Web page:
Having received a number of complaints against sudden surge in fares on some routes, the Competition Commission of India (CCI) has taken suo moto cognisance of the issue to examine if there is any anti-competitive behaviour being followed by airlines in pricing tickets, an aviation ministry official said. “Depending upon the findings of its inquiry, the CCI may pass restraints against the airlines,” the official said, asking not to be named.
“The civil aviation ministry and the CCI are evaluating pricing of tickets in the Indian market to see how it compares with global practices. We have received a series of complaints on surge fares on certain routes. The government and the competition regulator is working to ensure that there is no predatory pricing or anti-competitive behaviour,” the official said.
On January 27, for instance, the cheapest ticket from Srinagar to Mumbai was going for Rs 73,647, higher than the cheapest fare of Rs 38,379 from New York to Mumbai on the following day. The fare on Srinagar-Mumbai route has now come down to around Rs 8,000. There have been instances of sudden spike in airfares on other routes too.
Minister of State for Civil Aviation Jayant Sinha confirmed that the CCI is looking into the issue of sudden spike in air fares on certain routes. He, however, added by the Directorate General of Civil Aviation (DGCA) shows that overtime only 1-2 per cent of the air fares are in the highest price bucket, and the spread between lowest price bucket and highest price bucket too is also reasonable.
“… We have looked at those surge prices and studied very closely how many seats end up in the highest bracket and what is the spread between the lowest bucket and the highest. Those are the two things we look at very closely. What we found is that typically over time, that only 1-2 per cent of the seats are actually in the highest bucket. Now if we were to limit that to zero, then it’s possible that fares across the board will also increase,” Sinha told The Indian Express in an interview on February 6.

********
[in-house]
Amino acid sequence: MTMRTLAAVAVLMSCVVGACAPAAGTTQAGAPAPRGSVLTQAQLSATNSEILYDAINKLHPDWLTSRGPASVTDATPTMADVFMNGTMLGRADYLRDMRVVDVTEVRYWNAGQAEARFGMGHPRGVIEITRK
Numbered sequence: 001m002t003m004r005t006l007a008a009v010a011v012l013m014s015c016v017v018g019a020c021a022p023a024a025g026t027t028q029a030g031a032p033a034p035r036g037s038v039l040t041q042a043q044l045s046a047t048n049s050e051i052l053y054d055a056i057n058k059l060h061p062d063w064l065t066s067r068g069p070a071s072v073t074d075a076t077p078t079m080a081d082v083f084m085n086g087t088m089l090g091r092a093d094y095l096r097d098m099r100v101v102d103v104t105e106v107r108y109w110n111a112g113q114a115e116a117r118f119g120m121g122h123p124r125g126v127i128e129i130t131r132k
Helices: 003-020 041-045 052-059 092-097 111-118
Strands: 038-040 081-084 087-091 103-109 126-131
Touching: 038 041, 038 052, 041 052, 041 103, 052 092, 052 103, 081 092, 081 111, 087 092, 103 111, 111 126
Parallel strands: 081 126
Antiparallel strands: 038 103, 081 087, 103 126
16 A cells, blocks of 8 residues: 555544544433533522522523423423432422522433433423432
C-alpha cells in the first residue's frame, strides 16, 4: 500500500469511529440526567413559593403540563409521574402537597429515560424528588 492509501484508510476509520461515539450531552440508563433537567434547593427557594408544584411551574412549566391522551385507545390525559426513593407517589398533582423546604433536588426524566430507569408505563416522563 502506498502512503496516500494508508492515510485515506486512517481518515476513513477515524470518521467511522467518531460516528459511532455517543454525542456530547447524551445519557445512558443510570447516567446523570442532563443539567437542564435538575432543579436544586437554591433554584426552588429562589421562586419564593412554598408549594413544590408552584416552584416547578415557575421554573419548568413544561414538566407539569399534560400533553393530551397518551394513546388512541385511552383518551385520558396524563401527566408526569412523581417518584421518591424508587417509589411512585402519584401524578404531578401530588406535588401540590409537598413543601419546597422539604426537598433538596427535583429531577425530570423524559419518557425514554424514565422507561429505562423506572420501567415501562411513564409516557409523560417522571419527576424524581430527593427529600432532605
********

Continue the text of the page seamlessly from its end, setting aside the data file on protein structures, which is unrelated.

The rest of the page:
Even as air fares shot up on certain routes, the monthly analysis of airfares by the DGCA for January 2017 shows that highest price bucket fares were more of exception rather than the norm, comprising of less than 4 per cent of the total sold by airlines on various routes. On Delhi-Srinagar route in January, for instance, Jet Airways sold 4 per cent of its seats in the highest fare bucket while the same for IndiGo was 1.22 per cent.
Sinha said that since Indian carriers sell nearly 10 crore domestic tickets annually, even 1-2 per cent of that means there are 10-20 lakh tickets. “So there would be a large number of people who would have paid higher prices, they will be unhappy. But that’s the way markets clear, and we have to respect the integrity of the process. That is one set of issues,” he said.
“Now we come to another set of issues where the spread is high. What we have seen is that spread also is not unreasonable relative to what is happening in the rest of the world … Everything that we have seen is within global practices. We haven’t seen any signs of excessive pricing or anti-competitive behaviour so far. But as we have said we are very vigilant on these issues, we examine these very closely, we had a number of discussions with the Competition Commission of India. They (CCI) are also examining the matter to ensure that there is no anti-competitive behaviour,” he said.